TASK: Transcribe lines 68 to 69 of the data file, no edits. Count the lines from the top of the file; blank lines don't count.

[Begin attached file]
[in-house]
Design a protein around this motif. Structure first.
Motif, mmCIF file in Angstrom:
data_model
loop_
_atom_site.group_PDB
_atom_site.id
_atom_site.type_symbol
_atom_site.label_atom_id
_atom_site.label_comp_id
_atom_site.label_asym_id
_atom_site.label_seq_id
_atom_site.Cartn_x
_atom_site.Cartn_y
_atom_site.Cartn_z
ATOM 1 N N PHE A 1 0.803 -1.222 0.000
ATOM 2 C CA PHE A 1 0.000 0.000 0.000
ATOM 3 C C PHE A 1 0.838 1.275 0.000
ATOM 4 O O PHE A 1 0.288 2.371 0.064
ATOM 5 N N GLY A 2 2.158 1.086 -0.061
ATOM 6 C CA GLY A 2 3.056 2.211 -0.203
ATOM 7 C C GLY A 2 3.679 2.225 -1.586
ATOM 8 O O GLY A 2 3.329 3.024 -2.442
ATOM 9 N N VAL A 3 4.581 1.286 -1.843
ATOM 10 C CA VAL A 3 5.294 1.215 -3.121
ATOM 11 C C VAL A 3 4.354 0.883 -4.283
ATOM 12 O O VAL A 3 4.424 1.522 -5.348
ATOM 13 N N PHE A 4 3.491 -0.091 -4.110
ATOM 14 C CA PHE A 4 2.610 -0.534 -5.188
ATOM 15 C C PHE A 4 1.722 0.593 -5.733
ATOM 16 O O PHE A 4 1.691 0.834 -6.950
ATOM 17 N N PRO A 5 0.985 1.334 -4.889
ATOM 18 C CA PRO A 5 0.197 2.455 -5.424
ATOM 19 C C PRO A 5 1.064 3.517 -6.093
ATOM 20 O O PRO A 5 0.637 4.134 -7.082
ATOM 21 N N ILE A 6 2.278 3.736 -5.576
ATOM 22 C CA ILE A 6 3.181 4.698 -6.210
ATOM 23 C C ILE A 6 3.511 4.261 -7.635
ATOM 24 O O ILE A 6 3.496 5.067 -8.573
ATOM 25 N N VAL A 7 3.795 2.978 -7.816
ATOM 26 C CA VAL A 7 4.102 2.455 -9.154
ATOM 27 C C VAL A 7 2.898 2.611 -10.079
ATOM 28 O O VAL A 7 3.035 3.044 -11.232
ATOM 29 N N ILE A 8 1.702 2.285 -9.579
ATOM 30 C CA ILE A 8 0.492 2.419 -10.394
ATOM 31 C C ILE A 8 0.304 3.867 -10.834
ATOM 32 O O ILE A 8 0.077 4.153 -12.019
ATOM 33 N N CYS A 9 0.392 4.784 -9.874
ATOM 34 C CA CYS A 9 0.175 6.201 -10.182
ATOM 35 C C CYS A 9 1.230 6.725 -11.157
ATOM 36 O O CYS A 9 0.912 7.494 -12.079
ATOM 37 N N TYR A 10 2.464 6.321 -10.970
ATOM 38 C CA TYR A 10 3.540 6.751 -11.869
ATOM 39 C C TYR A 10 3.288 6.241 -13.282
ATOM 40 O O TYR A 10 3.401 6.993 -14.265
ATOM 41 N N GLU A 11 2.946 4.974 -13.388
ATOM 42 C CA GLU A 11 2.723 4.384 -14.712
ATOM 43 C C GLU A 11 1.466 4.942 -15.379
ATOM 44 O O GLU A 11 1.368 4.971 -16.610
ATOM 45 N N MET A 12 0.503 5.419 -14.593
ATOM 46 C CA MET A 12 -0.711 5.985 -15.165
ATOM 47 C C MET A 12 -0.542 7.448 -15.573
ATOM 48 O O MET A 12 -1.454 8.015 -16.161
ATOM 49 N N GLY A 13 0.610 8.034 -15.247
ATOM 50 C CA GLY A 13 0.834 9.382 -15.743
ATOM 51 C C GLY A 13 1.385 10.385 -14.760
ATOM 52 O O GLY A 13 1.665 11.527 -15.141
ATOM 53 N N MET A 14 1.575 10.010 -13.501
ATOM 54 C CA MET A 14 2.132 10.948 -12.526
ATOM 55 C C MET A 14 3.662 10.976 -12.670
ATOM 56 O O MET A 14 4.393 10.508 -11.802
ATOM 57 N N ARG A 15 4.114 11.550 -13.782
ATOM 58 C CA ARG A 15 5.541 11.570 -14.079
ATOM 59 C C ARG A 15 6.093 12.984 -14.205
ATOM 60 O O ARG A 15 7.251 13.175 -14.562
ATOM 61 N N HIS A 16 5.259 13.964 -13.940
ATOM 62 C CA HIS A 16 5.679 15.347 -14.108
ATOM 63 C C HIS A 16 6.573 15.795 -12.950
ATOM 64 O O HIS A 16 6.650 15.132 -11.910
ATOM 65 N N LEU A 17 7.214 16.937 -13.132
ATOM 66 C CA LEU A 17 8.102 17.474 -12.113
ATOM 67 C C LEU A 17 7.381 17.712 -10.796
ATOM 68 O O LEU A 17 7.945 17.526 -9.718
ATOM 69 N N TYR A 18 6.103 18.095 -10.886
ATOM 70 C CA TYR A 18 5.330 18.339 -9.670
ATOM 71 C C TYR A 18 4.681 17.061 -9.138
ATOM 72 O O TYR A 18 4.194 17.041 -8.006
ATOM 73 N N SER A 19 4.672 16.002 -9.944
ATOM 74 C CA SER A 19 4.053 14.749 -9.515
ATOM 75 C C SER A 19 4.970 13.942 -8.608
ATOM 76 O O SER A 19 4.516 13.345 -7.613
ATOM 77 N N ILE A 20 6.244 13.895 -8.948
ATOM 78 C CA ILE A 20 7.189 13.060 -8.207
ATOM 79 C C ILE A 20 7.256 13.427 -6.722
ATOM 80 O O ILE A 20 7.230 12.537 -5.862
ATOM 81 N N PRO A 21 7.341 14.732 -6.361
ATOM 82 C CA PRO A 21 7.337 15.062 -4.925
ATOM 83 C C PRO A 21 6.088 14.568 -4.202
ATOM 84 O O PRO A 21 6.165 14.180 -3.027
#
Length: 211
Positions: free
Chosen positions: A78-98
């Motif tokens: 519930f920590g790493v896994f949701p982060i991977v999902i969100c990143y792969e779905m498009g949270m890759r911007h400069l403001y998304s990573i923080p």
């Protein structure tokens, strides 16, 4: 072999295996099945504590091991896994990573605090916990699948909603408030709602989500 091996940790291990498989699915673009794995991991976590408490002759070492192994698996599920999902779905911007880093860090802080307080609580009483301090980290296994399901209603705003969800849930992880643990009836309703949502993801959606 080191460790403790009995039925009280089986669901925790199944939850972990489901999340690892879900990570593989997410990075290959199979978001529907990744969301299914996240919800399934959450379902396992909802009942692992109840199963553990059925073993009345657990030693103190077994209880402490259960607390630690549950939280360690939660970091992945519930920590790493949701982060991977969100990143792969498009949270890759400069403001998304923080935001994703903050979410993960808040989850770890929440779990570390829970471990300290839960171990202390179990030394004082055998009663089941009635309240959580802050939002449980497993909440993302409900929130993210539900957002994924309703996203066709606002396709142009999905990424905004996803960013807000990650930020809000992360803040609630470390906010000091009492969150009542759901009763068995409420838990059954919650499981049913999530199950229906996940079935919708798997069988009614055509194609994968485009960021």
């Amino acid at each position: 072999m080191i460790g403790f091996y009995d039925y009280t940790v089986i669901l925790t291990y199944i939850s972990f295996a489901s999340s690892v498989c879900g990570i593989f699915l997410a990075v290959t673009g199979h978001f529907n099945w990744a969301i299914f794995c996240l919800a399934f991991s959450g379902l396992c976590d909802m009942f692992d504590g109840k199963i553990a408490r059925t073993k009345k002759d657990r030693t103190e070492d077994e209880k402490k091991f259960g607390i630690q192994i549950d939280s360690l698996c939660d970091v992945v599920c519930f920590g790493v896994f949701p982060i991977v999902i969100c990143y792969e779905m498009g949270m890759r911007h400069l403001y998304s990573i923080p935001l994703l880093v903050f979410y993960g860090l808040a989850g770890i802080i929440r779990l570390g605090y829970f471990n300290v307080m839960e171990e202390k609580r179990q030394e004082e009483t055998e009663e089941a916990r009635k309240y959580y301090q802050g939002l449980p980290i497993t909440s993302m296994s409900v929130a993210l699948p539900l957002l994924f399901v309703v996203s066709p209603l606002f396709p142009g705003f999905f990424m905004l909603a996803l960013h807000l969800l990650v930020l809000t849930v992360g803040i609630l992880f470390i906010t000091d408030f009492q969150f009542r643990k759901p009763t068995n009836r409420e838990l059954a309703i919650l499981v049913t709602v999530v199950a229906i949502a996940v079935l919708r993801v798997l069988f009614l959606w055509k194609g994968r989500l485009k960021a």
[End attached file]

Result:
ATOM 53 N N MET A 14 1.575 10.010 -13.501
ATOM 54 C CA MET A 14 2.132 10.948 -12.526